CHICAGO — Indianapolis and the Indiana Pacers are expected to sign a short-term lease to keep the team in town as talks continue over whether the city will take over paying $18 million in annual operating costs at the Conseco Fieldhouse, which the team has previously paid.

Last week, officials said it was likely the team would sign a new three-year lease in lieu of a long-term deal, in part because the team’s financial future is linked to the National Basketball Association’s collective bargaining agreement with the NBA Players Association. The players’ agreement expires next June.

The announcement comes before a Pacers-imposed deadline of June 30 to reach an agreement with the city or leave town.

The team has said for more than two years that it cannot afford the $18 million a year that it costs to run the 10-year old, $200 million city-owned fieldhouse.

But the Marion County Capital Improvement Board, which runs the city’s sports stadiums and convention center, has faced its own deficit until this year.

Taking over the operating costs for the Pacers would mean CIB was responsible for those costs on top of its existing obligation to pay for the stadium’s capital improvement projects and service on its outstanding debt.

“There have been discussions related to challenges the Pacers have had for quite some time, but there wasn’t much to negotiate with, given that we had no money,” said Ann Lathrop, the CIB’s president, who took the position in January. “We’ve been trying to get our financial picture in order,” she added. “The revenues have continued to decline up until recently with a little bit of an uptick here, but we’re cautious. It’s a slow recovery.”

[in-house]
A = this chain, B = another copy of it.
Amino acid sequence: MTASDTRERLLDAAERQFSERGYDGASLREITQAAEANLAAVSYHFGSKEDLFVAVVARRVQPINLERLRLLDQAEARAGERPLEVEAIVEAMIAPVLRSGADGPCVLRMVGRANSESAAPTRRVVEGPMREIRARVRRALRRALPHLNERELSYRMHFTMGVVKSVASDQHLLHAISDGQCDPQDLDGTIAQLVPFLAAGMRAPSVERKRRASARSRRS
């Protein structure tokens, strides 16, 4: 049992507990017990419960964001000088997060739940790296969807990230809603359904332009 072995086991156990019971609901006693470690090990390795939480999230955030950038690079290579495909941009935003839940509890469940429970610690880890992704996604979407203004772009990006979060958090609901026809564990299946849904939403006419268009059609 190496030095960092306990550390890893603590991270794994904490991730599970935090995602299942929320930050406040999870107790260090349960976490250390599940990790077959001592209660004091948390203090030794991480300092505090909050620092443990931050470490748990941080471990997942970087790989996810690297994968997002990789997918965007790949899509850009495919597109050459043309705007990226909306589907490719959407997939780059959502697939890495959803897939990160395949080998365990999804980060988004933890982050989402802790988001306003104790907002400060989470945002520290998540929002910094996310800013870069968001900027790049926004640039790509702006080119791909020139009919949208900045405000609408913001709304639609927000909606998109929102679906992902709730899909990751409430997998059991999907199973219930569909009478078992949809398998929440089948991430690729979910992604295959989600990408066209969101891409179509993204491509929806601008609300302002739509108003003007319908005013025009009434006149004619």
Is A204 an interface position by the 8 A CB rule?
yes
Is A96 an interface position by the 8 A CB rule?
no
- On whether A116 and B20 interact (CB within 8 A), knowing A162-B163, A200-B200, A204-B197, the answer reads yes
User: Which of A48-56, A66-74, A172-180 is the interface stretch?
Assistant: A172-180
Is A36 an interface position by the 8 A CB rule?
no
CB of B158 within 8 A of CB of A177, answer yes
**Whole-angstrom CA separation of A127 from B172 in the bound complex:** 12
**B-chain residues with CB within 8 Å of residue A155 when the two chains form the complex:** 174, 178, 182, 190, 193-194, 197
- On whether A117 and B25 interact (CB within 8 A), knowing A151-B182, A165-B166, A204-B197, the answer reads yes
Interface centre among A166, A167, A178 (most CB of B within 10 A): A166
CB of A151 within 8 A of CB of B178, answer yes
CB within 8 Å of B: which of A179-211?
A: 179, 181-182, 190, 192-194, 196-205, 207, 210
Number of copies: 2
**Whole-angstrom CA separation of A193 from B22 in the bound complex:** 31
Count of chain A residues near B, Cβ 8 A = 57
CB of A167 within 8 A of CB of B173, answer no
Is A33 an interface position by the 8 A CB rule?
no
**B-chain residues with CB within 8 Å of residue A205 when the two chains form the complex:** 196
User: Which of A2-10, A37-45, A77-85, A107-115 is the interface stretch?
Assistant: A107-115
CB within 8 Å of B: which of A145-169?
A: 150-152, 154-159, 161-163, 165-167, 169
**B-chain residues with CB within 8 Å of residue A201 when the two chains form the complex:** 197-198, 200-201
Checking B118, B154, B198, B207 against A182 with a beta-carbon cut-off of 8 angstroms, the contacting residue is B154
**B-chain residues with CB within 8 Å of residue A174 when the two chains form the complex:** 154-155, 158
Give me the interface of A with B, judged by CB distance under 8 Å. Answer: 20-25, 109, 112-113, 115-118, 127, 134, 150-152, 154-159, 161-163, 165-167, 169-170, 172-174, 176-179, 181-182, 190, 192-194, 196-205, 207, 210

The CIB’s fiscal improvements are due largely to a revenue package put together by the city and state last year. Among the new revenues are a 1% increase in the city’s hotel-motel tax and an expansion of the board’s Professional Sports Development Authority. The expansion allows the CIB to capture tax revenue from four hotels connected to the Indiana Convention Center. Together the two revenue sources are expected to generate an additional $11.5 million a year.

The state also loaned the CIB $9 million last year — interest payments begin in 2013 — and will provide loans to CIB in 2010 and 2011 on an as-needed basis.

For the first four months of the year, the CIB has generated $3.5 million of positive cash-flow compared to a loss of $1.9 million for the same period last year, said Dan Huge, the CIB’s chief financial officer.

“We’re starting to see the fruits of hard work from last year,” Huge said.

The CIB and Pacers continue to meet several times a week to hammer out a deal. Lathrop said an agreement could be reached any day.

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